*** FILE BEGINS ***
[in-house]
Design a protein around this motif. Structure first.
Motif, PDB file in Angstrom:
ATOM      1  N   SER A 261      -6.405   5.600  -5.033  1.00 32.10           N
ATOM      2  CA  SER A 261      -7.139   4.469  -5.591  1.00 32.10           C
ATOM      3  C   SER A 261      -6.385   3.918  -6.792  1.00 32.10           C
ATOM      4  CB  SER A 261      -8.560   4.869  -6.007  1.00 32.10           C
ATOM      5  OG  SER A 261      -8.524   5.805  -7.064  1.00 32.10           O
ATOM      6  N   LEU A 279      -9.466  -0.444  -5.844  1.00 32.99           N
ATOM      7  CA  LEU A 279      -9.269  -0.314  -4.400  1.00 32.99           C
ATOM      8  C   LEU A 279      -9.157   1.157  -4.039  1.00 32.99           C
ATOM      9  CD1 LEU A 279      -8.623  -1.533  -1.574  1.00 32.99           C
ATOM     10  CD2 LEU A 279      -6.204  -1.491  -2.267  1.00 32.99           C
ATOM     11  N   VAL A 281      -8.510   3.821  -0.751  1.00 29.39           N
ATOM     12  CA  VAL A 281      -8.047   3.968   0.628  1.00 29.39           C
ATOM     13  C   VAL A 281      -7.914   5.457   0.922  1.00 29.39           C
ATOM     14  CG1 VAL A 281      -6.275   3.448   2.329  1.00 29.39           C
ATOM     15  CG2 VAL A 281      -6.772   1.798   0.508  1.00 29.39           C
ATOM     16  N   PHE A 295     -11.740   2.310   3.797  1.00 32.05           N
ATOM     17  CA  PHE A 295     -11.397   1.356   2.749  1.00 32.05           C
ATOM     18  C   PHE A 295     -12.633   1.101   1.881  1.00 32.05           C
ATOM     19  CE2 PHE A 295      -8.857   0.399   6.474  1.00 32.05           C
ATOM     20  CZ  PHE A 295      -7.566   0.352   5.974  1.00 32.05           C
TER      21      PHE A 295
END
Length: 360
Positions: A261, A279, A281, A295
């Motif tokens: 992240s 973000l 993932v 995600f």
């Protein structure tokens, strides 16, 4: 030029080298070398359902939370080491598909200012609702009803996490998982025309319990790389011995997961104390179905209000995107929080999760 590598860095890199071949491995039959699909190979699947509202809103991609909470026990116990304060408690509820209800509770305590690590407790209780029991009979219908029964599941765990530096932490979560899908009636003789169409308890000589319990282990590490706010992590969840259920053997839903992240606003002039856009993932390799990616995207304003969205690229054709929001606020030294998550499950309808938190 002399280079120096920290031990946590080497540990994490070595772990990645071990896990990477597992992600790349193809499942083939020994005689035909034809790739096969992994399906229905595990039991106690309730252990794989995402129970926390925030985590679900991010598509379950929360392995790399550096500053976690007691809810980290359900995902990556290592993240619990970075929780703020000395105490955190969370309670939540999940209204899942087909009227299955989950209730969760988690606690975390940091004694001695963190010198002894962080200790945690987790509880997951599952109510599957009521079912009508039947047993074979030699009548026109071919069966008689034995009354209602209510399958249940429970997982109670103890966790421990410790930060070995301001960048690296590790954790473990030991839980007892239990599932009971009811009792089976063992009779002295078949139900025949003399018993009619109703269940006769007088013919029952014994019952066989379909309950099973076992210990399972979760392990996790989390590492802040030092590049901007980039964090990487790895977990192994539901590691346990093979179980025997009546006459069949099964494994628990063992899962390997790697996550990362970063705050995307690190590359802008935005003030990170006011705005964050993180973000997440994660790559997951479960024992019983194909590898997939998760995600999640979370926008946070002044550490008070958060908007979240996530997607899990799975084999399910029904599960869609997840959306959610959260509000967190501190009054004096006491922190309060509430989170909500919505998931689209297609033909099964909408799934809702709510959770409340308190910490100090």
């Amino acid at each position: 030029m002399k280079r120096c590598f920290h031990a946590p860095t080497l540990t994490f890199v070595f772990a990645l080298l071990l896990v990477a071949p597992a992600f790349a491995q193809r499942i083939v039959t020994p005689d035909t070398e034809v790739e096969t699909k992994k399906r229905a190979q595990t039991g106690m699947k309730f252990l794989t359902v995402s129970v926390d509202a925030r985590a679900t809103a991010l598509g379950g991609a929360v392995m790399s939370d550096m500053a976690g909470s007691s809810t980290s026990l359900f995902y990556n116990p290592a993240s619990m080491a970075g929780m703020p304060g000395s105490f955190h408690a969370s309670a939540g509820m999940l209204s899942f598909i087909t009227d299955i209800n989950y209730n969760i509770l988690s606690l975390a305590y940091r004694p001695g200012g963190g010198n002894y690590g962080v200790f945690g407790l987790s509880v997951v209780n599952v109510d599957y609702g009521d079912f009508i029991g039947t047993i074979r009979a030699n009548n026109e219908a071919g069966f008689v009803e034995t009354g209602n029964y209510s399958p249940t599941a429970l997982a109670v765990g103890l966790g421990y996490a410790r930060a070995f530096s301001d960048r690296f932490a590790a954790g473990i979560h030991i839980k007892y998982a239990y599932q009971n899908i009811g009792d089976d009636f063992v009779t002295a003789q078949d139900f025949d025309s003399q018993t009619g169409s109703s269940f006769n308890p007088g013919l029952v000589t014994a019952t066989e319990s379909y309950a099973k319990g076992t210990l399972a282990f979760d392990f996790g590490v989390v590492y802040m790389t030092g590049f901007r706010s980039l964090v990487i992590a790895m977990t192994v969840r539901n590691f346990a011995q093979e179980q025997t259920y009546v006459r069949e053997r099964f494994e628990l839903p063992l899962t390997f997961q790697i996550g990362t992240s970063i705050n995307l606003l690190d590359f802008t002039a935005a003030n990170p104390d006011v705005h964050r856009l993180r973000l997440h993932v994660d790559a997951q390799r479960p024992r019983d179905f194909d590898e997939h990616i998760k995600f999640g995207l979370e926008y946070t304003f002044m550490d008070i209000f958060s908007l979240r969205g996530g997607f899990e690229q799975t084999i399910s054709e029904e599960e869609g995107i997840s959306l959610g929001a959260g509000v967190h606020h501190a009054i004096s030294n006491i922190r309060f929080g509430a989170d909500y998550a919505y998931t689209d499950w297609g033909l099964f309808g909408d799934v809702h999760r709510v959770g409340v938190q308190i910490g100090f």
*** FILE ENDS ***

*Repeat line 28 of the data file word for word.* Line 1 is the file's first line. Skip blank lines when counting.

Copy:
């Motif tokens: 992240s 973000l 993932v 995600f």